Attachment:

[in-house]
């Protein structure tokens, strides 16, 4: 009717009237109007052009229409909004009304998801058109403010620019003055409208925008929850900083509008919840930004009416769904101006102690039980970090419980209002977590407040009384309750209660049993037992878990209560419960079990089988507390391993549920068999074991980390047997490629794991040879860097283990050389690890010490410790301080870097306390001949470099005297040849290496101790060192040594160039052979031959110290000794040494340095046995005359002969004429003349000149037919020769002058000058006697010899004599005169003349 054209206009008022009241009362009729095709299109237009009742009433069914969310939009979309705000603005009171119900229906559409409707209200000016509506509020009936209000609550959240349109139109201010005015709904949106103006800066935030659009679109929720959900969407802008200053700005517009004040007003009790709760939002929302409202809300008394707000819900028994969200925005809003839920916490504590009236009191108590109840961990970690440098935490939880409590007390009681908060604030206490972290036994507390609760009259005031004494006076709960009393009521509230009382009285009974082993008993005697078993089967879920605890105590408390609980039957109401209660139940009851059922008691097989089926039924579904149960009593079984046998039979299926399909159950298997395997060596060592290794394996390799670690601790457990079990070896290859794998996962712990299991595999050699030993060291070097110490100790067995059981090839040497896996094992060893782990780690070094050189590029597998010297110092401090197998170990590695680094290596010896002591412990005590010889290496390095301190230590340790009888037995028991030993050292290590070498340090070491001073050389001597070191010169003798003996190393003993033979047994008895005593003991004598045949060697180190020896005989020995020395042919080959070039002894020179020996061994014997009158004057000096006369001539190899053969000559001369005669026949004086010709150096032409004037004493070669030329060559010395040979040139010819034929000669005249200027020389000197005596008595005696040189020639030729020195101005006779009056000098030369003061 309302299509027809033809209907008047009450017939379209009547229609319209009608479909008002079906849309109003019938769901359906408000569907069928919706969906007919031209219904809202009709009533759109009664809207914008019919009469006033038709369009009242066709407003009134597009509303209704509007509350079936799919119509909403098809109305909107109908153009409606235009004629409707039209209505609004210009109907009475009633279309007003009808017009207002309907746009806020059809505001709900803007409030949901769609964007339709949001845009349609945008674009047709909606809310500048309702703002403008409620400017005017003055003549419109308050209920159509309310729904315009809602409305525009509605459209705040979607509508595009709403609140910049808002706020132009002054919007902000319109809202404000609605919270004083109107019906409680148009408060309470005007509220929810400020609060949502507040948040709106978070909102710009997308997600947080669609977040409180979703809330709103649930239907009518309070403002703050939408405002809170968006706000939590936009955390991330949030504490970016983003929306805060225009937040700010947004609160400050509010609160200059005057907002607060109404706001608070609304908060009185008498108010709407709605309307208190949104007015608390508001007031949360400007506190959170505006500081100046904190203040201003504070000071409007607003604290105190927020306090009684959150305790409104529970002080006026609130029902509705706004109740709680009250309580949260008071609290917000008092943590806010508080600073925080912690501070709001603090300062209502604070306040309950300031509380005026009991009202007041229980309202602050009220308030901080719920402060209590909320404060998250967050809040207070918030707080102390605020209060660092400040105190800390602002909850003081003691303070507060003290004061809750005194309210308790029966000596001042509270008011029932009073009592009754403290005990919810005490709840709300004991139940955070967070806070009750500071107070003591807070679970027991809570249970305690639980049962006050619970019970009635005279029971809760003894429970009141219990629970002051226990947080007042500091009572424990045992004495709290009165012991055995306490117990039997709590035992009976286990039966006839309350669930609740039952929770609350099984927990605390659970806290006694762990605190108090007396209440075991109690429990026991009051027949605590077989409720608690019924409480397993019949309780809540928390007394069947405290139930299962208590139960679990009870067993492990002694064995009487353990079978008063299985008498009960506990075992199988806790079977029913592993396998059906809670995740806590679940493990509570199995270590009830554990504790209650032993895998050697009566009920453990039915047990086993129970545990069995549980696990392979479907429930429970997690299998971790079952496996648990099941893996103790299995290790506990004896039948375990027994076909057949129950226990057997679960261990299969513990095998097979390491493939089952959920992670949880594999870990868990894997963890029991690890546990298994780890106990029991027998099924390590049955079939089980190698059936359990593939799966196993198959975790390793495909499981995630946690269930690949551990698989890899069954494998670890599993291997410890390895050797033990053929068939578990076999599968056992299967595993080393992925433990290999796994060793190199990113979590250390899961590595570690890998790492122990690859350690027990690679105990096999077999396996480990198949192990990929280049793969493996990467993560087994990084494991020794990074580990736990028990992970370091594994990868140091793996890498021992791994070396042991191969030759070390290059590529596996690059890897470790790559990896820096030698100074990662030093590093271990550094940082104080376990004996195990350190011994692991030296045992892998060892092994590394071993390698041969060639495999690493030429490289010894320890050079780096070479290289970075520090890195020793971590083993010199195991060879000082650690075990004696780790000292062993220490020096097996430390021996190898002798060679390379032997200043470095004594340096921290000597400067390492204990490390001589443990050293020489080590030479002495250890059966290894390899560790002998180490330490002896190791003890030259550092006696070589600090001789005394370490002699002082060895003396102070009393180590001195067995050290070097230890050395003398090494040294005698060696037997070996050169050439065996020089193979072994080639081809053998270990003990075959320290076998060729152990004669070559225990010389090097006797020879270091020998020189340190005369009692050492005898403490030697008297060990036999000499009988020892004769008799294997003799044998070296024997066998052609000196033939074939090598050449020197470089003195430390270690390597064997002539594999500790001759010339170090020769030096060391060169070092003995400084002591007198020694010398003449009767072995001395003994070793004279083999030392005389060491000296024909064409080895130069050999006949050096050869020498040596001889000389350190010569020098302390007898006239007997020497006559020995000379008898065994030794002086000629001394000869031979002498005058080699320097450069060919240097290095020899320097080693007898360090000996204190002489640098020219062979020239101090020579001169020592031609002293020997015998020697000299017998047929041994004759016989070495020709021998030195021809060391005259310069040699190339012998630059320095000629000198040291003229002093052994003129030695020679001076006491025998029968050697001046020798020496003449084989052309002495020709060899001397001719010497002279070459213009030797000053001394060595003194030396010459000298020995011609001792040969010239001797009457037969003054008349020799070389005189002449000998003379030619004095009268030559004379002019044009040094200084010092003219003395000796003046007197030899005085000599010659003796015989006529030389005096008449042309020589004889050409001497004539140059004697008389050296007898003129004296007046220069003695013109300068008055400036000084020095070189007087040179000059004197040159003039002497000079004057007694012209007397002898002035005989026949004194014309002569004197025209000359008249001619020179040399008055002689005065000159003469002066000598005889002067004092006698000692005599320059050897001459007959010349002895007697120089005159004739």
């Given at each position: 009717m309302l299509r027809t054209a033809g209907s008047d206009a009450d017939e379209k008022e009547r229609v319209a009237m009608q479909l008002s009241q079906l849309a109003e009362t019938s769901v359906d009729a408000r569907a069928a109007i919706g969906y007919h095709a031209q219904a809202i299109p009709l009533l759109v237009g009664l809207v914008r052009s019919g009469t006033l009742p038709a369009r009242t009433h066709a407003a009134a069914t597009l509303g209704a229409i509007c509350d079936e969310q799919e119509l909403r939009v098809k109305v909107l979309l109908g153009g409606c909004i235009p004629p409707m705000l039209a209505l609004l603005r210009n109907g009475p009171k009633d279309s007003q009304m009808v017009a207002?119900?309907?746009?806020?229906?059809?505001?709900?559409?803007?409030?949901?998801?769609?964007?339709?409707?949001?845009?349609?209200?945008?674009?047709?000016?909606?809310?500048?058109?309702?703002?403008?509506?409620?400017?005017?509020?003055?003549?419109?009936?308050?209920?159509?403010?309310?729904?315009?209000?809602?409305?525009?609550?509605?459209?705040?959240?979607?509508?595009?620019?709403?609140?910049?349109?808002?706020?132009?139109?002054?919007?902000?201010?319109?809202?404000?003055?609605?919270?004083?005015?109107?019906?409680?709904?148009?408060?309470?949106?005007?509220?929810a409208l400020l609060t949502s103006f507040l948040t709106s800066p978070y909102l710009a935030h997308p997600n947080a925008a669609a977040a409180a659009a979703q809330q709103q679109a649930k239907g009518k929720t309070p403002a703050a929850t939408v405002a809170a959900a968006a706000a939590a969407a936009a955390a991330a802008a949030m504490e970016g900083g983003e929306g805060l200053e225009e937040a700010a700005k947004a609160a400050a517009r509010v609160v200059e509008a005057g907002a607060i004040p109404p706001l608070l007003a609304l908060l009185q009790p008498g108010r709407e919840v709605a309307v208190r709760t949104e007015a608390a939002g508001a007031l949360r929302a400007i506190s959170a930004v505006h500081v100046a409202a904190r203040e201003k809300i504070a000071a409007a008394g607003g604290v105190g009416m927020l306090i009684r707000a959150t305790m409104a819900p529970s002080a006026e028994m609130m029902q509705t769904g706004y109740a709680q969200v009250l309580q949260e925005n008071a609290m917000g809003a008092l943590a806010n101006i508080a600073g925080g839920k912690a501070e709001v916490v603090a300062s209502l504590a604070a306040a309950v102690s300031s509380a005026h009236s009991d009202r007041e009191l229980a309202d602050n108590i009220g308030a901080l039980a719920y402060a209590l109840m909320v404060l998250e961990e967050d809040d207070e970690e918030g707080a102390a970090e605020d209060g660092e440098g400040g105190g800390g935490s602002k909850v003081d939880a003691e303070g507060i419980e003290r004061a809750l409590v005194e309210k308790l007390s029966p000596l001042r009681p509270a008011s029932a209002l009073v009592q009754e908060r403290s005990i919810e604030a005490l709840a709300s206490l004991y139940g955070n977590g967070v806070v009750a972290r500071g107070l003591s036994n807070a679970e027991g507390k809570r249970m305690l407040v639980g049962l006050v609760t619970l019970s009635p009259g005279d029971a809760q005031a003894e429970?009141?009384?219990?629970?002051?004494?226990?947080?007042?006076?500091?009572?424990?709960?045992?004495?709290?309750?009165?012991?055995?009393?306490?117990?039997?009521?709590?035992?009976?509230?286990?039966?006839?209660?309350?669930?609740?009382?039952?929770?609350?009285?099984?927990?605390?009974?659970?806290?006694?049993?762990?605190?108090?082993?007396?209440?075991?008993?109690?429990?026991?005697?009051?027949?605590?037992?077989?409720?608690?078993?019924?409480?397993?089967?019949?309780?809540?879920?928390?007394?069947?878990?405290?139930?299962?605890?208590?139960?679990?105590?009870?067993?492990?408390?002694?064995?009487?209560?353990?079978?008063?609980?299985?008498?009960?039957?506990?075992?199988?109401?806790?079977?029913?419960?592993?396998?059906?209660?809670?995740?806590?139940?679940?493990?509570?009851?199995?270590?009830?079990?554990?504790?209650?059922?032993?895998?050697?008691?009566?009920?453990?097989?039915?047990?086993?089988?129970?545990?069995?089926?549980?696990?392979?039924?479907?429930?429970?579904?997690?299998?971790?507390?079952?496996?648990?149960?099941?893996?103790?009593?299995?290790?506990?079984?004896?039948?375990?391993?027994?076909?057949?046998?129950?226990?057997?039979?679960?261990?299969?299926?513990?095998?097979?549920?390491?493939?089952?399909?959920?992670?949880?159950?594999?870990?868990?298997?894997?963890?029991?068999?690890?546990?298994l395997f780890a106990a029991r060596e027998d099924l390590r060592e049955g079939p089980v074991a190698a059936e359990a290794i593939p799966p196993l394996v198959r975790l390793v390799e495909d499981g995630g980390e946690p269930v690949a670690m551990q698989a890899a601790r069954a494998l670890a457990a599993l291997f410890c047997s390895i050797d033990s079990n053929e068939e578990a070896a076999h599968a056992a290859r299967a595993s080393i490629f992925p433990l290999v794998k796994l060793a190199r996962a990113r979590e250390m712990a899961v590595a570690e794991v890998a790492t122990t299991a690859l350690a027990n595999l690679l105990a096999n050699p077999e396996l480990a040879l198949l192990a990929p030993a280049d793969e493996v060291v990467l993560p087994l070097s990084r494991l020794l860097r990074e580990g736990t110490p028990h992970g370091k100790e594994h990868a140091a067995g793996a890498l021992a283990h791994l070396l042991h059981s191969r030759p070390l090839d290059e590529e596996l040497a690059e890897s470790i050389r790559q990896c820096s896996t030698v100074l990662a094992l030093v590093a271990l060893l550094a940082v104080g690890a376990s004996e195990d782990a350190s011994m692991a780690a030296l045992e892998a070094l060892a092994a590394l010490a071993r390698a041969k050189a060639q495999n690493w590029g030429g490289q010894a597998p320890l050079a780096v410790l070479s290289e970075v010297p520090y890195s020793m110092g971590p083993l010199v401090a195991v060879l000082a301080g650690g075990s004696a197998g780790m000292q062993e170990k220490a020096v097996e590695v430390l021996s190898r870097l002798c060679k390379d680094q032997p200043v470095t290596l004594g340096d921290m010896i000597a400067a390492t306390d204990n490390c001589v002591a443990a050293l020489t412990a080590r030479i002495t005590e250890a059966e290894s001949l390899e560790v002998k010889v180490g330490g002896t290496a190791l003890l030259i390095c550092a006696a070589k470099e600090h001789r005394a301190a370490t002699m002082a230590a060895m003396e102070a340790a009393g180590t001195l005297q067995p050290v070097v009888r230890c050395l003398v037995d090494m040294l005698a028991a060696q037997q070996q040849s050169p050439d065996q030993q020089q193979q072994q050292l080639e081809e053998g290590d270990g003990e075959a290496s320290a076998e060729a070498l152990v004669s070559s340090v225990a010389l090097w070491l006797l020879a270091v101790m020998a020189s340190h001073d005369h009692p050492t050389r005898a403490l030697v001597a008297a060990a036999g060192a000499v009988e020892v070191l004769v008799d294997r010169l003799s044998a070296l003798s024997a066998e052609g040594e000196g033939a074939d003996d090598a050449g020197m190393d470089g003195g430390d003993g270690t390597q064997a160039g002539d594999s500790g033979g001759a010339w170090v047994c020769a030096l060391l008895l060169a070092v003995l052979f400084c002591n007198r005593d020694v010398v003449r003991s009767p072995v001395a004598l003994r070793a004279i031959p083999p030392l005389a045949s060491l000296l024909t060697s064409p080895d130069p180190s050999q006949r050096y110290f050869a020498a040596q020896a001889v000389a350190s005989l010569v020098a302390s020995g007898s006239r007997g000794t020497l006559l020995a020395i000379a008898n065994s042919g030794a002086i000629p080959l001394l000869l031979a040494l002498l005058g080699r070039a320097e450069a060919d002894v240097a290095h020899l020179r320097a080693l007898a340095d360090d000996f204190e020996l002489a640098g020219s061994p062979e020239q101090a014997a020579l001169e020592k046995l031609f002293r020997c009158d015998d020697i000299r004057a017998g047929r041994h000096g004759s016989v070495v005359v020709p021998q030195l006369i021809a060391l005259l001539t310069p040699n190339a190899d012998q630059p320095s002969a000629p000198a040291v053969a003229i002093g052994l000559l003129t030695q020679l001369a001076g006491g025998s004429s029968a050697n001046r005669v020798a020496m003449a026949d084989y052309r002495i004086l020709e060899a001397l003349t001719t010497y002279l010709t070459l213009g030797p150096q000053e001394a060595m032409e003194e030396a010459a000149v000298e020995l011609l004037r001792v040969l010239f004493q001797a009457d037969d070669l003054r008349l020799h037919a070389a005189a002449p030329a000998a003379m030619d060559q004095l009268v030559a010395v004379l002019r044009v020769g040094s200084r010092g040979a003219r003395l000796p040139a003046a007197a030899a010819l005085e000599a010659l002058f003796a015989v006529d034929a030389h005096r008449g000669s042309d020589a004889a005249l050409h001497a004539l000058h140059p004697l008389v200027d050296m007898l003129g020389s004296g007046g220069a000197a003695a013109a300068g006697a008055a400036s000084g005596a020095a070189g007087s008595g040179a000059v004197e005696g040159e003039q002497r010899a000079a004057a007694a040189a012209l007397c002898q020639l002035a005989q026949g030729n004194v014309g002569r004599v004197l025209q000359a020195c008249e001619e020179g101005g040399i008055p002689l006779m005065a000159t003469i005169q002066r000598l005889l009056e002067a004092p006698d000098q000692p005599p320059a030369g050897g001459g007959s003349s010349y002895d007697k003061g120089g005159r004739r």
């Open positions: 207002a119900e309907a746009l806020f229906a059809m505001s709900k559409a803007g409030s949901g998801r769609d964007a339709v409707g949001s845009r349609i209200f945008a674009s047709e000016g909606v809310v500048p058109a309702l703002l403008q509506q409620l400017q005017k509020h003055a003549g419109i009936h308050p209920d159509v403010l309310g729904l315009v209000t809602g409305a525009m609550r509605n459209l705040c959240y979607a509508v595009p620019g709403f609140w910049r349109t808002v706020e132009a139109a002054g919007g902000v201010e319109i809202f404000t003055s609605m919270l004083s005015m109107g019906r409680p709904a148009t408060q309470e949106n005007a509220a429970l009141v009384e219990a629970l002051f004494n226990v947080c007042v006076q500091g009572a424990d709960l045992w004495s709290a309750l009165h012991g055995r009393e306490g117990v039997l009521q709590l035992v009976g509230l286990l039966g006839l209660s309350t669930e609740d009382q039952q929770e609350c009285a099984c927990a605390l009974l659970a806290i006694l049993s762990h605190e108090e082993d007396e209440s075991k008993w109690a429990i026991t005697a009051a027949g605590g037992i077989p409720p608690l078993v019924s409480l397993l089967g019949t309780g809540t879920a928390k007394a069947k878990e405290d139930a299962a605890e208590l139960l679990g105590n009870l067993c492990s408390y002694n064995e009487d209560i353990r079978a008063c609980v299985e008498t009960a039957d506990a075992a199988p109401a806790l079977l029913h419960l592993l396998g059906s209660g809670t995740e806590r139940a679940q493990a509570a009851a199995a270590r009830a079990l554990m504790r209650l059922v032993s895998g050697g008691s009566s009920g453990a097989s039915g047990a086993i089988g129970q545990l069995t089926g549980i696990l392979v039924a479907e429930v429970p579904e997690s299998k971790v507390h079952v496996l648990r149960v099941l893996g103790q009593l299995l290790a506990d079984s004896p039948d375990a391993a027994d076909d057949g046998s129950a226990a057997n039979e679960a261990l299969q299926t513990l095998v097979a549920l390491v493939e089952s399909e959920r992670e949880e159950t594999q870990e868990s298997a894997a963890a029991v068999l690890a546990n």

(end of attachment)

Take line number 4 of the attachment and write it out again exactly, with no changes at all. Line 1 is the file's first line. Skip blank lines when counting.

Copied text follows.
């Open positions: 207002a119900e309907a746009l806020f229906a059809m505001s709900k559409a803007g409030s949901g998801r769609d964007a339709v409707g949001s845009r349609i209200f945008a674009s047709e000016g909606v809310v500048p058109a309702l703002l403008q509506q409620l400017q005017k509020h003055a003549g419109i009936h308050p209920d159509v403010l309310g729904l315009v209000t809602g409305a525009m609550r509605n459209l705040c959240y979607a509508v595009p620019g709403f609140w910049r349109t808002v706020e132009a139109a002054g919007g902000v201010e319109i809202f404000t003055s609605m919270l004083s005015m109107g019906r409680p709904a148009t408060q309470e949106n005007a509220a429970l009141v009384e219990a629970l002051f004494n226990v947080c007042v006076q500091g009572a424990d709960l045992w004495s709290a309750l009165h012991g055995r009393e306490g117990v039997l009521q709590l035992v009976g509230l286990l039966g006839l209660s309350t669930e609740d009382q039952q929770e609350c009285a099984c927990a605390l009974l659970a806290i006694l049993s762990h605190e108090e082993d007396e209440s075991k008993w109690a429990i026991t005697a009051a027949g605590g037992i077989p409720p608690l078993v019924s409480l397993l089967g019949t309780g809540t879920a928390k007394a069947k878990e405290d139930a299962a605890e208590l139960l679990g105590n009870l067993c492990s408390y002694n064995e009487d209560i353990r079978a008063c609980v299985e008498t009960a039957d506990a075992a199988p109401a806790l079977l029913h419960l592993l396998g059906s209660g809670t995740e806590r139940a679940q493990a509570a009851a199995a270590r009830a079990l554990m504790r209650l059922v032993s895998g050697g008691s009566s009920g453990a097989s039915g047990a086993i089988g129970q545990l069995t089926g549980i696990l392979v039924a479907e429930v429970p579904e997690s299998k971790v507390h079952v496996l648990r149960v099941l893996g103790q009593l299995l290790a506990d079984s004896p039948d375990a391993a027994d076909d057949g046998s129950a226990a057997n039979e679960a261990l299969q299926t513990l095998v097979a549920l390491v493939e089952s399909e959920r992670e949880e159950t594999q870990e868990s298997a894997a963890a029991v068999l690890a546990n």